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Vol. 21, No. 46 Week of November 13, 2016
Providing coverage of Alaska and northern Canada's oil and gas industry

Producers 2016: Aurora bankruptcy delays development

Independent had proposed a major development campaign before reorganization process began

ERIC LIDJI

For Petroleum News

Aurora Gas LLC entered bankruptcy protection earlier this year after more than 15 years of operation. The small Alaska independent blamed its financial problems on a combination of declining natural gas production at its Cook Inlet properties and a recent workover project that cost more than $1 million but failed to improve production rates.

Those problems followed a recent change in ownership. The utility Aurora Power Resources Inc. created Aurora Gas as an exploration and production arm in 1999, when major consolidations throughout the oil industry were creating opportunities for smaller companies to pursue overlooked fields in Alaska. Later, Kaiser-Francis Oil Co.-affiliate Aurora-KF LLC owned a 95 percent interest in Aurora Gas, with Aurora Power Resources owning 4 percent and Orion Resources Inc. owning 1 percent, according to state records. In August 2015, independent Rieck Oil Inc. acquired Aurora Gas outright.

Aurora filed for bankruptcy protection after three creditors - Aurora Well Service LLC, Shirleyville Enterprises LLC and Tanks-A-Lot Inc. - filed an involuntary petition with the United States Bankruptcy Court for the District of Alaska in May 2016. According to court records, as of June 1, Aurora owed its 20 largest creditors nearly $1.5 million.

The bankruptcy proceedings were still underway as The Producers went to print. When Rieck Oil acquired the company, Aurora Gas was operating five fields on the west side of Cook Inlet: Nicolai Creek, Lone Creek, Moquawkie, Kaloa and Three Mile Creek.

All five of those fields have seen minimal development work over the past three years and in some cases much longer. In a public presentation released in February 2016, Rieck Oil outlined a major exploration and development program through the end of 2017. The bankruptcy process has postponed any development, but the presentation provides a sense of the investment opportunities available within the existing Aurora Gas portfolio.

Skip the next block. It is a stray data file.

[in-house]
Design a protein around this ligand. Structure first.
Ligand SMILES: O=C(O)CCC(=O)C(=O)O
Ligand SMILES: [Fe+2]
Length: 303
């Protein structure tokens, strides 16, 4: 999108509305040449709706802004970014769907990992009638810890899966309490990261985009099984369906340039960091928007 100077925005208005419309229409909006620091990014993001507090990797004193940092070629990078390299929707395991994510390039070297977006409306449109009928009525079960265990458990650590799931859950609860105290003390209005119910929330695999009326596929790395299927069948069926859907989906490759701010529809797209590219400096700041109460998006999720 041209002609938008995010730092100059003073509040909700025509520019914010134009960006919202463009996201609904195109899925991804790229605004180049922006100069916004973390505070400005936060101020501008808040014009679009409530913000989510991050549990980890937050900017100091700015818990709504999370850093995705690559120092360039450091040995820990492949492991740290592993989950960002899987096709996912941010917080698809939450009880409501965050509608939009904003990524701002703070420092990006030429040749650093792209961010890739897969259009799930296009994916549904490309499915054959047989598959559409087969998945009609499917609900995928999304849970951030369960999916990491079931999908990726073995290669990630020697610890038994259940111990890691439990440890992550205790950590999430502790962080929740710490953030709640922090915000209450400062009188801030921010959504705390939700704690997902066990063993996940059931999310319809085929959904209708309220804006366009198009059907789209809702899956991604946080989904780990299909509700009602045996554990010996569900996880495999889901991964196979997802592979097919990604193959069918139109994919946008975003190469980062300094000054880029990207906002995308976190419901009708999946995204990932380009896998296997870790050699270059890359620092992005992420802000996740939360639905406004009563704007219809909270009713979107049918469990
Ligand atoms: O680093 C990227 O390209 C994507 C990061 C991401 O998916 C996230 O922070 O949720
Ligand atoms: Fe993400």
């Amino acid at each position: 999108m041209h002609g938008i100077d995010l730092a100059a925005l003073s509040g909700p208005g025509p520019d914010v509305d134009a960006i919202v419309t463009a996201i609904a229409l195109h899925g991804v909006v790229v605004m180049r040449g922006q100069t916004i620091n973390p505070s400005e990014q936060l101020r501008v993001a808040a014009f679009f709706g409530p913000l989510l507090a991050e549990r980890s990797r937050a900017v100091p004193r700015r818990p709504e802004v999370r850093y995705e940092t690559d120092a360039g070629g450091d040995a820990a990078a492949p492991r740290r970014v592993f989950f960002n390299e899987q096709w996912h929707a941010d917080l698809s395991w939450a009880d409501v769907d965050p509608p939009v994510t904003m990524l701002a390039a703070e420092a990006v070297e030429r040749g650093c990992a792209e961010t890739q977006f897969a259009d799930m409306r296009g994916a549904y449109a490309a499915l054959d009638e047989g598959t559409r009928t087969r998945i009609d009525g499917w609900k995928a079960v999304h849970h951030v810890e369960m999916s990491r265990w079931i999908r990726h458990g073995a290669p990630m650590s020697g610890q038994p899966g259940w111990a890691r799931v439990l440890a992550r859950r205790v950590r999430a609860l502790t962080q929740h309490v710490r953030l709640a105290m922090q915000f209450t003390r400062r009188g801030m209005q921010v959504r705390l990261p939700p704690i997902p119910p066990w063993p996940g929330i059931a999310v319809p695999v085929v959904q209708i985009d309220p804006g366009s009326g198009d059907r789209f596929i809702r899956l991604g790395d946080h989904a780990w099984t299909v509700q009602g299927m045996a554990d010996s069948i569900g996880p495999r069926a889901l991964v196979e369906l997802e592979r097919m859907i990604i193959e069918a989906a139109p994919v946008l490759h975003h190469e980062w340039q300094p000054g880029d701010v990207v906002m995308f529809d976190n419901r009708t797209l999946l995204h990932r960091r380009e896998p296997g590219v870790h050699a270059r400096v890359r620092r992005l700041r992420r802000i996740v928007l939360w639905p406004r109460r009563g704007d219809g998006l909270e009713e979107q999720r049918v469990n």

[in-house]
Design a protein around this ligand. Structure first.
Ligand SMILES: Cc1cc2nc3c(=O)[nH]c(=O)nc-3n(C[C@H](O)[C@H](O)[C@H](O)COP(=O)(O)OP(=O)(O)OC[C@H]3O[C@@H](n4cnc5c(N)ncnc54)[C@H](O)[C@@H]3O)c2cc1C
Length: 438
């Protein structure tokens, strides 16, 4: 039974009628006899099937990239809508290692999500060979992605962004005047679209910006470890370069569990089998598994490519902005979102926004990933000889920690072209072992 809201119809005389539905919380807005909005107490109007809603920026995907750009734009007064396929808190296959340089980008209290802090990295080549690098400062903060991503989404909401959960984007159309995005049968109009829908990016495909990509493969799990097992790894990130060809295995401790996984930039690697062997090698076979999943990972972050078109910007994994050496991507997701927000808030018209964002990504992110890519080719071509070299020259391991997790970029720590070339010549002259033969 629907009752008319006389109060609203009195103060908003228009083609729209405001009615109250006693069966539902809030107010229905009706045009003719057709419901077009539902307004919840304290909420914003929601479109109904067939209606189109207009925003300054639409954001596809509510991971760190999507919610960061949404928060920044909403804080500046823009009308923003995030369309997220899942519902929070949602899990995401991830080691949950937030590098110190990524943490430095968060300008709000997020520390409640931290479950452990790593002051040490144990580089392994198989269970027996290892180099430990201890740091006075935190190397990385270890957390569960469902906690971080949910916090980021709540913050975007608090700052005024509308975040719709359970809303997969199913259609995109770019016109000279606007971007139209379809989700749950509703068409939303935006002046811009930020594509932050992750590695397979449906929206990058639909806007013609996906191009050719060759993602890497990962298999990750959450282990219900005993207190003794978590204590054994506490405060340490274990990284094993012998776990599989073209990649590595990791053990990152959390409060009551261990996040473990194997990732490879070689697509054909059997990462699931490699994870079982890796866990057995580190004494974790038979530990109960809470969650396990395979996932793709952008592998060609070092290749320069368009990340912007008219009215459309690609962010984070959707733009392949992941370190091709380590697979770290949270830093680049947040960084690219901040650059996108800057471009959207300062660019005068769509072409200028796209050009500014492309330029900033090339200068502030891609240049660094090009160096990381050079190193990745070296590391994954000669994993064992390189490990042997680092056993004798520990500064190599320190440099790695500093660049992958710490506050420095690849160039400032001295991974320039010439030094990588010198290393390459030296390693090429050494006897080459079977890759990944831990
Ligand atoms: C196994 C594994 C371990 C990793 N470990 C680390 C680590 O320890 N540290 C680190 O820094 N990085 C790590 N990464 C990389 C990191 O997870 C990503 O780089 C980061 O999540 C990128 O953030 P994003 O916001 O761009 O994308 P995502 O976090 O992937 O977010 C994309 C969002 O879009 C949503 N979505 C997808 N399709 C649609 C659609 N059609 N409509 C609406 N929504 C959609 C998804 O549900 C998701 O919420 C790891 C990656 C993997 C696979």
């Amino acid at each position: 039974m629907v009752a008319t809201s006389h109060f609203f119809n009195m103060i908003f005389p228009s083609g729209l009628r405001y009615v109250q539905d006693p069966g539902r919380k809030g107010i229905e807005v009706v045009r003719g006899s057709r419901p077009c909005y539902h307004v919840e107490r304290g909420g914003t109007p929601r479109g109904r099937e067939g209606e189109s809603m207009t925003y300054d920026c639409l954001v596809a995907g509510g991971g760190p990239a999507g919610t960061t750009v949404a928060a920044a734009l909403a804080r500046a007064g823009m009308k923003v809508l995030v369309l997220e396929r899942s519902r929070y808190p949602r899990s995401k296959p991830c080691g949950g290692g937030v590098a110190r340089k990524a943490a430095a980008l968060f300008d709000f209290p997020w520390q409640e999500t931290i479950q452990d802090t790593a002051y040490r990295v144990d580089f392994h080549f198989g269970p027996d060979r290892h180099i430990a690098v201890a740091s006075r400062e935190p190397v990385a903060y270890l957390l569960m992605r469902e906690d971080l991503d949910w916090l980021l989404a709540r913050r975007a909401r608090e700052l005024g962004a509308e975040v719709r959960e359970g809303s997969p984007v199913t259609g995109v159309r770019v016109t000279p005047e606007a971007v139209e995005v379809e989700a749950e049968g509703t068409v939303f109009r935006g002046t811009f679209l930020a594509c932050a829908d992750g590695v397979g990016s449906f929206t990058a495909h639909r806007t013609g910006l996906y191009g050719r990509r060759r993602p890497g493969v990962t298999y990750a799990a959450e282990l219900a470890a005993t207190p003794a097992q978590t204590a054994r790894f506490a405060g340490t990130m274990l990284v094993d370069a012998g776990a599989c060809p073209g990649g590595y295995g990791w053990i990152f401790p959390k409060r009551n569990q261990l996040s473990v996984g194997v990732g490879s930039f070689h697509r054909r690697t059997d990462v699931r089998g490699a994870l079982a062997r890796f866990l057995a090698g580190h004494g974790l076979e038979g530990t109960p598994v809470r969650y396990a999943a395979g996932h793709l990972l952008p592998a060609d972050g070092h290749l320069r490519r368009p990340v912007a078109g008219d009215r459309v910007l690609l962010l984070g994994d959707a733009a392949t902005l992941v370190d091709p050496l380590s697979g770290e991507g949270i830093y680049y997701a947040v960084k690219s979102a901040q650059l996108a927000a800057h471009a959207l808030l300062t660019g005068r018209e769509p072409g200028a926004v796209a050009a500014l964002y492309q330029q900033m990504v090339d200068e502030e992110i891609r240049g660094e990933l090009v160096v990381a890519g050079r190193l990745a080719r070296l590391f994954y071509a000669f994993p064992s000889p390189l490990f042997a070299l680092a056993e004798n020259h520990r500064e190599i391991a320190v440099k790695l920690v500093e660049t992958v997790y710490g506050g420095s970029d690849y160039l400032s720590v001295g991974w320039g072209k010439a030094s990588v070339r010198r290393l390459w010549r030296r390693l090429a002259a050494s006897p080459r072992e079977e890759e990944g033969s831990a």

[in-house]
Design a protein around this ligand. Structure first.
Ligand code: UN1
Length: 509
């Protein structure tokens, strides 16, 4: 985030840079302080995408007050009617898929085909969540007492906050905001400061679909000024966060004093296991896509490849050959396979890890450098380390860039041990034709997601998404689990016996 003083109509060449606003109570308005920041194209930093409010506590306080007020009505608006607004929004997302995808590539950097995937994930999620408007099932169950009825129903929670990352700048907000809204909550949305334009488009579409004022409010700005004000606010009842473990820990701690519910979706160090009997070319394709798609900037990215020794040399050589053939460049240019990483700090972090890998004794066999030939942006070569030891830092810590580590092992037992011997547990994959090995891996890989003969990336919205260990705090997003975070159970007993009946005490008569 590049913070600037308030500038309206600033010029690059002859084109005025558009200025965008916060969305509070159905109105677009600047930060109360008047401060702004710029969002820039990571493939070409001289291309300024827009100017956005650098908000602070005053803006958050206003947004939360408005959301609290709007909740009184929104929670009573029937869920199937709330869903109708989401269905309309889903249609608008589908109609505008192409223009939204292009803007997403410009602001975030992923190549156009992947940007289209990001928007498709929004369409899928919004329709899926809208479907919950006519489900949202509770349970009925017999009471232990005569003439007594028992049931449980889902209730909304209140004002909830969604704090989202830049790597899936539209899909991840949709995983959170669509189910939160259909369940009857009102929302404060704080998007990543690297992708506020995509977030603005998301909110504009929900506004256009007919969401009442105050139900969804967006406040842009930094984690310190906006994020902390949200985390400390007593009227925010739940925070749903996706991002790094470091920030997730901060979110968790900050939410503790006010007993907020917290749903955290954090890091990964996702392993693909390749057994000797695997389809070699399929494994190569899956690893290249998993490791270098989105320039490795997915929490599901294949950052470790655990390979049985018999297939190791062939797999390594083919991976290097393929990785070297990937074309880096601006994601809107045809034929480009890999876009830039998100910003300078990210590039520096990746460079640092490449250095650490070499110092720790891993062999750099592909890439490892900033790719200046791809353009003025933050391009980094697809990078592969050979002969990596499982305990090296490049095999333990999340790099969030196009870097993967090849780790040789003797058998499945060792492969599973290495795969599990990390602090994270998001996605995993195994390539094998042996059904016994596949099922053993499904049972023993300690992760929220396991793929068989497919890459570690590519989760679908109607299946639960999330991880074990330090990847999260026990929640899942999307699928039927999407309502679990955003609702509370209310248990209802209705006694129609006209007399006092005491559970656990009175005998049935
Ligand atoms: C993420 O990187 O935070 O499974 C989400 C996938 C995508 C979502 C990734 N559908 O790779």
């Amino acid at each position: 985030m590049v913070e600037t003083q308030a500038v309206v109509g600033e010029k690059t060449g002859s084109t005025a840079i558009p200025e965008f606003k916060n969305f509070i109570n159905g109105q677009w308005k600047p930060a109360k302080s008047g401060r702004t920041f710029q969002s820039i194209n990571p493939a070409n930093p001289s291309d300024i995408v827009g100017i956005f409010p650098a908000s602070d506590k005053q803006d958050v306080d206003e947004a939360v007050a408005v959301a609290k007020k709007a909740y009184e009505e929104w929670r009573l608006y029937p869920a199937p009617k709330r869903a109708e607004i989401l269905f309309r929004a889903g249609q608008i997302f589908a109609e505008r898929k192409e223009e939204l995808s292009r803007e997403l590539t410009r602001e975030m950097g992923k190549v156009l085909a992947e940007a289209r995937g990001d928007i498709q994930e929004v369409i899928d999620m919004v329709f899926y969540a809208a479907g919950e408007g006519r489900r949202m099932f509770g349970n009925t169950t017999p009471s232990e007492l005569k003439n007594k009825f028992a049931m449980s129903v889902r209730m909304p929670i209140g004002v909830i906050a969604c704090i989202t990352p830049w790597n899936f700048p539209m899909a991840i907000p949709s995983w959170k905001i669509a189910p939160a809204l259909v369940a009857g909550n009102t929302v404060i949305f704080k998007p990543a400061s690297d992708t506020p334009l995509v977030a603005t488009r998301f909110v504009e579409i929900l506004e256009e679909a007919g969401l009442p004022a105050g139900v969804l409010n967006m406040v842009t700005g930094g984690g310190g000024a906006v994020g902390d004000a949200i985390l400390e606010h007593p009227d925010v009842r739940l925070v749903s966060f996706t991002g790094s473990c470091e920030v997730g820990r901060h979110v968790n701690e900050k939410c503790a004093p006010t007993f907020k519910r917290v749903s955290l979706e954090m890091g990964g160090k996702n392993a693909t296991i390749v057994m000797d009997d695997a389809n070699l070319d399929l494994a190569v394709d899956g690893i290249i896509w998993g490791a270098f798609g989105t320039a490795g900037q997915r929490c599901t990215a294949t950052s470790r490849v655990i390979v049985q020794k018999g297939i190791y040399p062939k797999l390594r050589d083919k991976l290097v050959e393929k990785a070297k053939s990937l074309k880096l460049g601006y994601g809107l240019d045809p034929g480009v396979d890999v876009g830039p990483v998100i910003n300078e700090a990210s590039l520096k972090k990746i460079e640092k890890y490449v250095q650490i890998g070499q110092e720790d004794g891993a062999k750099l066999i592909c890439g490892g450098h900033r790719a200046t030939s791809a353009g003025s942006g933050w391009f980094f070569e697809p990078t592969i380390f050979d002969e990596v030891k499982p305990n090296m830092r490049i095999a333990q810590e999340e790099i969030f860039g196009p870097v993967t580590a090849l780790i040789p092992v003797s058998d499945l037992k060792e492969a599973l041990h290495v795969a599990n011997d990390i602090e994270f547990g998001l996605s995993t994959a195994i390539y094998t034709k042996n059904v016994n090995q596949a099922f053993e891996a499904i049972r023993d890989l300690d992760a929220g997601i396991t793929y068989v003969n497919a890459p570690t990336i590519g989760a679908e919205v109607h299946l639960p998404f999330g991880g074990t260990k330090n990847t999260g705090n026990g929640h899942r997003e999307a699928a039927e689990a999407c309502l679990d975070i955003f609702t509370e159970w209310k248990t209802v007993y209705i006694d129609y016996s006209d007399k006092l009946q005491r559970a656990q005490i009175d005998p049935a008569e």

At the Nicolai Creek unit, Aurora would drill the NCU No. 12 extension well and the NCU No. 15 step-out well from the existing NCU No. 9 well. At the Moquawkie unit, the company would drill two extension wells into the West Moquawkie prospect.

The proposed program also called for acquiring a package of existing Apache Alaska Corp. 3-D seismic over the region to learn more about exploration leads around the Nicolai Creek unit, the Kaloa field and other areas throughout the leasehold. The company also wanted to follow exploration leads in other sections of its leasehold and was looking for a partner to share the expense of pursuing those opportunities.

In addition to this exploration and development drilling, Rieck Oil was proposing a considerable maintenance campaign at its existing wells. The company wanted to work over as many as eight existing wells spread across all five of its producing fields.

Five fields

With the bankruptcy proceedings, the future of those plans remains uncertain.

Aurora drilled no new wells at the Nicolai Creek unit in 2014, 2015 or the first nine months of 2016, although the company regularly proposed drilling in its plans of development. By the start of 2014, the Nicolai Creek unit had produced 8.14 billion cubic feet, according to figures from the Alaska Oil and Gas Conservation Commission. The unit produced 453.2 million cubic feet that year and 424.4 million cubic feet in 2015 for a total of 9.02 bcf by the start of this year. The unit produced 180 million cubic feet in the first six months of 2016, which suggests a decline from 2015 rates.

Aurora drilled no wells at Lone Creek in 2014, 2015 or the first nine months of 2016. By the start of 2014, the Lone Creek unit had produced 10 billion cubic feet. The unit produced 477.2 million cubic feet that year and 369.3 million cubic feet in 2015 for a total of 10.9 bcf by the start of this year. The unit produced 109.2 million cubic feet in the first six months of 2016, which suggests a decline from 2015 rates.

Aurora drilled no wells at Moquawkie in 2014, 2015 or the first nine months of 2016. By the start of 2014, the Moquawkie unit had produced 4.92 billion cubic feet. The unit produced 76.7 million cubic feet that year and 36.6 million cubic feet in 2015 for a total of 5.03 bcf by the start of this year. The unit produced 19.5 million cubic feet in the first six months of 2016, which suggests an increase from 2015 rates.

Aurora drilled no wells at Albert Kaloa in 2014, 2015 or the first nine months of 2016. By the start of 2014, the Kaloa field had produced 3.59 billion cubic feet. The field produced 6.9 million cubic feet that year and 3.5 million cubic feet in 2015 for a total of 3.6 bcf by the start of this year. The field produced just 946,000 cubic feet in the first six months of 2016, which suggests a decline from 2015 production rates.

Aurora drilled no wells at Three Mile Creek in 2014, 2015 or the first nine months of 2016. By the start of 2014, the field had produced 2.39 billion cubic feet. The unit produced 65.1 million cubic feet that year and 77.1 million cubic feet in 2015 for a total of 2.53 bcf by the start of this year. The unit produced 34.3 million cubic feet in the first six months of 2016, which suggests a decline from 2015 production rates.



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